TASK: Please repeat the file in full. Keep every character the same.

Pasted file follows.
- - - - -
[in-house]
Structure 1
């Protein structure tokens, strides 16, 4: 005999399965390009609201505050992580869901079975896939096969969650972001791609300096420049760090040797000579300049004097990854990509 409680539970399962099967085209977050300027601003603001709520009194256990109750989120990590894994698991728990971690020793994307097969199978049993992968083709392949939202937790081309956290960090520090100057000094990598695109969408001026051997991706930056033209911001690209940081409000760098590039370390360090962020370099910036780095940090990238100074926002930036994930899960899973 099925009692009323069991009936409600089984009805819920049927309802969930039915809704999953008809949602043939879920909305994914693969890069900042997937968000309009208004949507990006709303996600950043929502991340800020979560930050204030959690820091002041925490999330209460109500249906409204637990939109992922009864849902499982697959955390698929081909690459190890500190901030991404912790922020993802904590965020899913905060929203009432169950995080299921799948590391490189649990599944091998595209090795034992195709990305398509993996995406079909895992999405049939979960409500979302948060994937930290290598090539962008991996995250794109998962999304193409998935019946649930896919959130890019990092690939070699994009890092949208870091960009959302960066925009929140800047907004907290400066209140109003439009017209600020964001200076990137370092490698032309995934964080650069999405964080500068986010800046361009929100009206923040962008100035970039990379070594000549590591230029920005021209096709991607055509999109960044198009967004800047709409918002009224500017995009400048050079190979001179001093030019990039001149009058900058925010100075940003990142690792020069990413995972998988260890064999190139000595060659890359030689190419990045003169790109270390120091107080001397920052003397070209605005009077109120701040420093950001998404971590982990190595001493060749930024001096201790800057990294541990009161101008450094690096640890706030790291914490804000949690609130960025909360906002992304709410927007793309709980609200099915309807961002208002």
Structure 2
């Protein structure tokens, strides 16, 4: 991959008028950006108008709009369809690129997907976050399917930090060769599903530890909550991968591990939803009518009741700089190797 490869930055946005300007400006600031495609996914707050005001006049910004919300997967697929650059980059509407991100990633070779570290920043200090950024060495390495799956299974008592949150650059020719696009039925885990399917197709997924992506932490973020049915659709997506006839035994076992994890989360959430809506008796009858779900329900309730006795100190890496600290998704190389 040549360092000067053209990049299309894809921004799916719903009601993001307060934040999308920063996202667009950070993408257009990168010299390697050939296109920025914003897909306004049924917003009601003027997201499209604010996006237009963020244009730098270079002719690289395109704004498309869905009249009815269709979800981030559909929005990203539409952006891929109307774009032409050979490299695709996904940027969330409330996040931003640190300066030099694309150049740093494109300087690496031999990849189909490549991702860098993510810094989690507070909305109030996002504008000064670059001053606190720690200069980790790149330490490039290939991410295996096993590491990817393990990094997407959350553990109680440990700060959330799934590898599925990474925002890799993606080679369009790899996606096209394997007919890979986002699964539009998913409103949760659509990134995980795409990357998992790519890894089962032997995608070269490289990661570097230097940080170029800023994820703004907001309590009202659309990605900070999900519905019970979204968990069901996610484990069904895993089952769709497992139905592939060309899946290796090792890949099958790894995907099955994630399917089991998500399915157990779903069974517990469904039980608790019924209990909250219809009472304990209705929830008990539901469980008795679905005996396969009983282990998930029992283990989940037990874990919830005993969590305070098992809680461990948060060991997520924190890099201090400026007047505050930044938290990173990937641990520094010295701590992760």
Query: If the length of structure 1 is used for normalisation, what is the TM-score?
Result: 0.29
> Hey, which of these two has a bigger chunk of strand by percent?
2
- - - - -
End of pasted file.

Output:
[in-house]
Structure 1
């Protein structure tokens, strides 16, 4: 005999399965390009609201505050992580869901079975896939096969969650972001791609300096420049760090040797000579300049004097990854990509 409680539970399962099967085209977050300027601003603001709520009194256990109750989120990590894994698991728990971690020793994307097969199978049993992968083709392949939202937790081309956290960090520090100057000094990598695109969408001026051997991706930056033209911001690209940081409000760098590039370390360090962020370099910036780095940090990238100074926002930036994930899960899973 099925009692009323069991009936409600089984009805819920049927309802969930039915809704999953008809949602043939879920909305994914693969890069900042997937968000309009208004949507990006709303996600950043929502991340800020979560930050204030959690820091002041925490999330209460109500249906409204637990939109992922009864849902499982697959955390698929081909690459190890500190901030991404912790922020993802904590965020899913905060929203009432169950995080299921799948590391490189649990599944091998595209090795034992195709990305398509993996995406079909895992999405049939979960409500979302948060994937930290290598090539962008991996995250794109998962999304193409998935019946649930896919959130890019990092690939070699994009890092949208870091960009959302960066925009929140800047907004907290400066209140109003439009017209600020964001200076990137370092490698032309995934964080650069999405964080500068986010800046361009929100009206923040962008100035970039990379070594000549590591230029920005021209096709991607055509999109960044198009967004800047709409918002009224500017995009400048050079190979001179001093030019990039001149009058900058925010100075940003990142690792020069990413995972998988260890064999190139000595060659890359030689190419990045003169790109270390120091107080001397920052003397070209605005009077109120701040420093950001998404971590982990190595001493060749930024001096201790800057990294541990009161101008450094690096640890706030790291914490804000949690609130960025909360906002992304709410927007793309709980609200099915309807961002208002």
Structure 2
């Protein structure tokens, strides 16, 4: 991959008028950006108008709009369809690129997907976050399917930090060769599903530890909550991968591990939803009518009741700089190797 490869930055946005300007400006600031495609996914707050005001006049910004919300997967697929650059980059509407991100990633070779570290920043200090950024060495390495799956299974008592949150650059020719696009039925885990399917197709997924992506932490973020049915659709997506006839035994076992994890989360959430809506008796009858779900329900309730006795100190890496600290998704190389 040549360092000067053209990049299309894809921004799916719903009601993001307060934040999308920063996202667009950070993408257009990168010299390697050939296109920025914003897909306004049924917003009601003027997201499209604010996006237009963020244009730098270079002719690289395109704004498309869905009249009815269709979800981030559909929005990203539409952006891929109307774009032409050979490299695709996904940027969330409330996040931003640190300066030099694309150049740093494109300087690496031999990849189909490549991702860098993510810094989690507070909305109030996002504008000064670059001053606190720690200069980790790149330490490039290939991410295996096993590491990817393990990094997407959350553990109680440990700060959330799934590898599925990474925002890799993606080679369009790899996606096209394997007919890979986002699964539009998913409103949760659509990134995980795409990357998992790519890894089962032997995608070269490289990661570097230097940080170029800023994820703004907001309590009202659309990605900070999900519905019970979204968990069901996610484990069904895993089952769709497992139905592939060309899946290796090792890949099958790894995907099955994630399917089991998500399915157990779903069974517990469904039980608790019924209990909250219809009472304990209705929830008990539901469980008795679905005996396969009983282990998930029992283990989940037990874990919830005993969590305070098992809680461990948060060991997520924190890099201090400026007047505050930044938290990173990937641990520094010295701590992760």
Query: If the length of structure 1 is used for normalisation, what is the TM-score?
Result: 0.29
> Hey, which of these two has a bigger chunk of strand by percent?
2